United States of America, Plaintiff-appellee, v. Edward Byron Hale, Defendant-appellant, 468 F.2d 435 (5th Cir. 1972)

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U.S. Court of Appeals for the Fifth Circuit - 468 F.2d 435 (5th Cir. 1972) Oct. 6, 1972

John S. Gonas, Jr., Mobile, Ala., for defendant-appellant.

Charles S. White-Spunner, U. S. Atty., Irwin W. Coleman, Jr., Asst. U. S. Atty., Mobile, Ala., for plaintiff-appellee.

Before GEWIN, AINSWORTH and SIMPSON, Circuit Judges.


Three indictments were returned against the appellant, Edward Byron Hale, charging him in 20 counts with wilful misapplication of bank funds and securities in violation of 18 U.S.C. § 656 and making false bank entries in violation of Sec. 1005. Following a jury trial he was found guilty on 10 counts and sentenced to imprisonment for 45 months and fined $4,000 under each count. Terms of imprisonment under Sec. 1005 and Sec. 656 were made concurrent1  so that Hale was sentenced to a total of 15 years imprisonment and fined $40,000. This court affirmed Hale's conviction on appeal2  and denied petitions for rehearing and rehearing en banc.3  Hale's petition for writ of certiorari was denied by the United States Supreme Court.4 

At this juncture, Hale appeals from a district court order denying his Rule 35 motion for a reduction of sentence. He asserts the following grounds of error: (1) that based on the evidence his actions in violation of 18 U.S.C. § 656 constituted a single criminal act for which only a single sentence should have been imposed; (2) that since the evidence did not show the securities stolen to exceed $100.00 in value, he should have been sentenced under the misdemeanor rather than the felony provisions of Sec. 656; and (3) that the imposition of the $40,000 in fines violated the dictates of Williams v. Illinois, 399 U.S. 235, 90 S. Ct. 2018, 26 L. Ed. 2d 586 (1970). We find no merit in any of these contentions and affirm.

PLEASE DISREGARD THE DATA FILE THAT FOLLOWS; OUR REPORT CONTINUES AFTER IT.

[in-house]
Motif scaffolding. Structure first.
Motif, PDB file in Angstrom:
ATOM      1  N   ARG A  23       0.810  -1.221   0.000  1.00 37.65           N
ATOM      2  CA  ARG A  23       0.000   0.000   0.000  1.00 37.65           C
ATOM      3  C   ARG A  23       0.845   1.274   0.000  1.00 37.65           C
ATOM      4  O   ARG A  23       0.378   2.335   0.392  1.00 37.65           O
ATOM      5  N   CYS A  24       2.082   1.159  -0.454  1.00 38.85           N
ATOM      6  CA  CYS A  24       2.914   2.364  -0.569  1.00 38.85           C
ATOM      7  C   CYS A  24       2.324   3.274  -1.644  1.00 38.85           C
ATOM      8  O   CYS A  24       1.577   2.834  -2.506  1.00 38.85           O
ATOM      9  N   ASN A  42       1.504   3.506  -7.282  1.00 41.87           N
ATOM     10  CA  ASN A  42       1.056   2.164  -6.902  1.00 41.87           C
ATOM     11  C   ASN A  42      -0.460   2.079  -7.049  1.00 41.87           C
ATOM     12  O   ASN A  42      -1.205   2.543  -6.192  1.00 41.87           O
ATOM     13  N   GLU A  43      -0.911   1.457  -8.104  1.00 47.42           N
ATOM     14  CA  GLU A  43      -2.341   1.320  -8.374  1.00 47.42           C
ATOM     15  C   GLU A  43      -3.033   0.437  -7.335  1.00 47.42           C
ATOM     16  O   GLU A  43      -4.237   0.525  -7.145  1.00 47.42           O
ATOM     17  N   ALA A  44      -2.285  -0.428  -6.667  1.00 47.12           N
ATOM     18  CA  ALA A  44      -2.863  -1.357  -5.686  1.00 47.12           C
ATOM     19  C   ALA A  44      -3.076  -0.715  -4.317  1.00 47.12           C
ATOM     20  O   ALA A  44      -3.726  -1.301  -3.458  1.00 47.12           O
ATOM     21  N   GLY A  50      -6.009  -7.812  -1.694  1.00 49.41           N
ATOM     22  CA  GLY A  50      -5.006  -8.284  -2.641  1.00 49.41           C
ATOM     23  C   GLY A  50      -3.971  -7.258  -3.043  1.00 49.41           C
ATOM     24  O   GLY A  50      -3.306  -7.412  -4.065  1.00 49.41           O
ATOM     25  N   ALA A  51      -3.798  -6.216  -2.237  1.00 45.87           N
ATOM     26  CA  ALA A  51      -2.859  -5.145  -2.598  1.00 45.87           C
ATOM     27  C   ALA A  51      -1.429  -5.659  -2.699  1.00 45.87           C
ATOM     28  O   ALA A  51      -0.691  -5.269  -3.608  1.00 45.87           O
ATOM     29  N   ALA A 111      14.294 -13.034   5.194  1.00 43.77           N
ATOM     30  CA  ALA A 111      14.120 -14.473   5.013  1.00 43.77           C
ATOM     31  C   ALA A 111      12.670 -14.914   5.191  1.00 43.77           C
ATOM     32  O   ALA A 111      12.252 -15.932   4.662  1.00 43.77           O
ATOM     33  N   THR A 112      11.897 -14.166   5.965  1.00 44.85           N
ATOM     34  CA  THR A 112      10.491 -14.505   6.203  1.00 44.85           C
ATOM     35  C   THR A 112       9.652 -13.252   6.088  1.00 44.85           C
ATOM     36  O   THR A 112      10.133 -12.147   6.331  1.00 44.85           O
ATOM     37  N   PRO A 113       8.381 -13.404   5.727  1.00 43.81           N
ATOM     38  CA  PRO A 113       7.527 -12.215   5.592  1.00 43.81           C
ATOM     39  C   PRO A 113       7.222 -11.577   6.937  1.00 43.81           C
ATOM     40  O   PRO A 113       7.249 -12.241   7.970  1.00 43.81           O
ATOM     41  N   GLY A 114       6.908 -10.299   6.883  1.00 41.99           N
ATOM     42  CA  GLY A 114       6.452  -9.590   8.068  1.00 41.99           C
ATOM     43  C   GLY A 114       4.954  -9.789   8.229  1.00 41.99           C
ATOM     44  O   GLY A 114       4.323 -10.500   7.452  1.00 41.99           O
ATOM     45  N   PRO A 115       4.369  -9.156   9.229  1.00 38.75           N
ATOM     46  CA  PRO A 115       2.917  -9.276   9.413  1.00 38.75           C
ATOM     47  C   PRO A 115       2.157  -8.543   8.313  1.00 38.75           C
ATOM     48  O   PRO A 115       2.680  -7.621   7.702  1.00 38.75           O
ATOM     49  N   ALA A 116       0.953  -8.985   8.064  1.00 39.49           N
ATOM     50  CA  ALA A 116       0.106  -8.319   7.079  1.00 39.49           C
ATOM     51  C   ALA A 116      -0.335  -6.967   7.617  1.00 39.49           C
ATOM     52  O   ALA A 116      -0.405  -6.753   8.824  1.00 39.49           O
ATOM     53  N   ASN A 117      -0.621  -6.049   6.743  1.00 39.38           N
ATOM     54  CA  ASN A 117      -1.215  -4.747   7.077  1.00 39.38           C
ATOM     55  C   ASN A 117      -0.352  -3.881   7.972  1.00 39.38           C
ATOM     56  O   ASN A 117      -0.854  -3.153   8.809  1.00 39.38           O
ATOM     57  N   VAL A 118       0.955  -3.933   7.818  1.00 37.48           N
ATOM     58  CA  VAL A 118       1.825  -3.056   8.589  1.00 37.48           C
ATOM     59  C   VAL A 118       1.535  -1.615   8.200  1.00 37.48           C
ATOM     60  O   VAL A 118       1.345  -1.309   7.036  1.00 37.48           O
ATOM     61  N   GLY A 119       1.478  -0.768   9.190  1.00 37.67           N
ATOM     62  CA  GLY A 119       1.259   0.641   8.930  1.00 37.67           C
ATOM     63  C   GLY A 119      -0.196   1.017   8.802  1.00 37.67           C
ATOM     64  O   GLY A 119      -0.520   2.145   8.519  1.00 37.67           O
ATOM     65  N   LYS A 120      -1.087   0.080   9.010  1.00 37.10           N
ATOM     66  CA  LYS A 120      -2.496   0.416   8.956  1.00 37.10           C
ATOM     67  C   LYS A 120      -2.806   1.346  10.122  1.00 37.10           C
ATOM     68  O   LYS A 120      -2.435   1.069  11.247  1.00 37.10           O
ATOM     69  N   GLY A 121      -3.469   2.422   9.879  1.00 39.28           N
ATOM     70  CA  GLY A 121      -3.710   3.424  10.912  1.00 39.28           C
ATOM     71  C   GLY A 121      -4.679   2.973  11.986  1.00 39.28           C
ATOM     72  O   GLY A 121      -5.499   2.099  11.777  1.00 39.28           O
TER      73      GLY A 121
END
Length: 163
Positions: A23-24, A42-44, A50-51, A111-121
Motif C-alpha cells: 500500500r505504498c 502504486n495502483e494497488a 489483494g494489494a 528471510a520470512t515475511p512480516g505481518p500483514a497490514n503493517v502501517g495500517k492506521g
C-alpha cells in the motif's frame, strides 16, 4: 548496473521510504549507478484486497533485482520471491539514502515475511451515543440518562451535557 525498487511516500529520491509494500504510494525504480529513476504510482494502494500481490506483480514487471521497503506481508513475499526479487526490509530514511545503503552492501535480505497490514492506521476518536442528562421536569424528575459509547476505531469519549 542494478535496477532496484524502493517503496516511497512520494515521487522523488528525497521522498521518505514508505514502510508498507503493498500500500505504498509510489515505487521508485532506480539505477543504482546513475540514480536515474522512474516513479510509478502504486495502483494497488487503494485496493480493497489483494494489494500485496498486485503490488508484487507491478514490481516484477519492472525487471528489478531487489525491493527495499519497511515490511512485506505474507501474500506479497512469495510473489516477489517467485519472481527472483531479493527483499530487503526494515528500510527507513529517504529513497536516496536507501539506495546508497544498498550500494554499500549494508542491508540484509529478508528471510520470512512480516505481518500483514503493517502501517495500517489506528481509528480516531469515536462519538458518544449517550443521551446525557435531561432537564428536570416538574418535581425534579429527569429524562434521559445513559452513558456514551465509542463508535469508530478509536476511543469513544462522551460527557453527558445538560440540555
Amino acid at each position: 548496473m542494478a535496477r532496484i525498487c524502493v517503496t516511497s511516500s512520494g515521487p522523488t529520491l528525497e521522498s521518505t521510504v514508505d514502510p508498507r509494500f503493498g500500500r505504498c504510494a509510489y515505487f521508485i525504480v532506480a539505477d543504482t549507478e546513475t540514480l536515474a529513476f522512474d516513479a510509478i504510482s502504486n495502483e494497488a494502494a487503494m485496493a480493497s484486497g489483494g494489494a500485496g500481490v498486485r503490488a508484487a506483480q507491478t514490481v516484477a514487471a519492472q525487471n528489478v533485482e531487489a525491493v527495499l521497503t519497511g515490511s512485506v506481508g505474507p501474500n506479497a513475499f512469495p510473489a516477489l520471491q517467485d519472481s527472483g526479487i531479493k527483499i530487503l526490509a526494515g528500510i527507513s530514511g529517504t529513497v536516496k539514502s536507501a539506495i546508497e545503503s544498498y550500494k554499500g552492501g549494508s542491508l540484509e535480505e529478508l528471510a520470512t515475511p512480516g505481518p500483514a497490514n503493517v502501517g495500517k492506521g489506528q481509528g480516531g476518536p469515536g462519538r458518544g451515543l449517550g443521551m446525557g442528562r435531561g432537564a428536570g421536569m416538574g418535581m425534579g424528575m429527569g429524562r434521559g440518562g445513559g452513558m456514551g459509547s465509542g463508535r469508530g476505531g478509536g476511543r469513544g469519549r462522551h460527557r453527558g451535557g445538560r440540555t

We deal first with Hale's challenges to the validity of the sentences, noting that they are directed only to the convictions under Sec. 656 involving the misapplication of securities. Hale claims that the convictions are multiplicitous; that is, he is being punished more than once for the same offense.5  It is Hale's position that his embezzlement of the various stock certificates constituted a single criminal violation under Sec. 656 rather than the four for which he was indicted and convicted. Under the long established rule, if different evidence is required to prove each count in an indictment, then each count states a separate offense6  and conviction thereunder will support a separate sentence. Applying that test to the facts in this case, it appears that each count required proof that the others did not such as value of the stock, certificate numbers, owner at issue, number of shares, endorsement by owner and possession of the stock by Hale as a result of his position as a bank officer. Accordingly, we conclude that Hale was convicted of separate and distinct offenses under Sec. 656.

There is an additional and equally compelling reason for denying Hale's request for reduction of his sentence. Even if Hale had established that his convictions were multiplicitous, he would have been unable to show any injury; for the sentences imposed under Sec. 656 run concurrently with valid and uncontested sentences imposed under Sec. 1005. Thus, even if a reduction of Hale's sentence were granted, it would have no effect on the total length of his imprisonment.7